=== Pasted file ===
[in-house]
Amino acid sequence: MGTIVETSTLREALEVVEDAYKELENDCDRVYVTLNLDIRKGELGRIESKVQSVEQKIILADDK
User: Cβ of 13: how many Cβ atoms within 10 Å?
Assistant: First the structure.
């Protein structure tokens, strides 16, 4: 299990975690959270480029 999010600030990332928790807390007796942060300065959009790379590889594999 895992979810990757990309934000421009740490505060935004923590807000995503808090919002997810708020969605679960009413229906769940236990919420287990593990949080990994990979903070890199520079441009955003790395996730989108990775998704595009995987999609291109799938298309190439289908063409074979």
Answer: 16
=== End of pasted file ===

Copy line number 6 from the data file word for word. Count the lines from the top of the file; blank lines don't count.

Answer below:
Answer: 16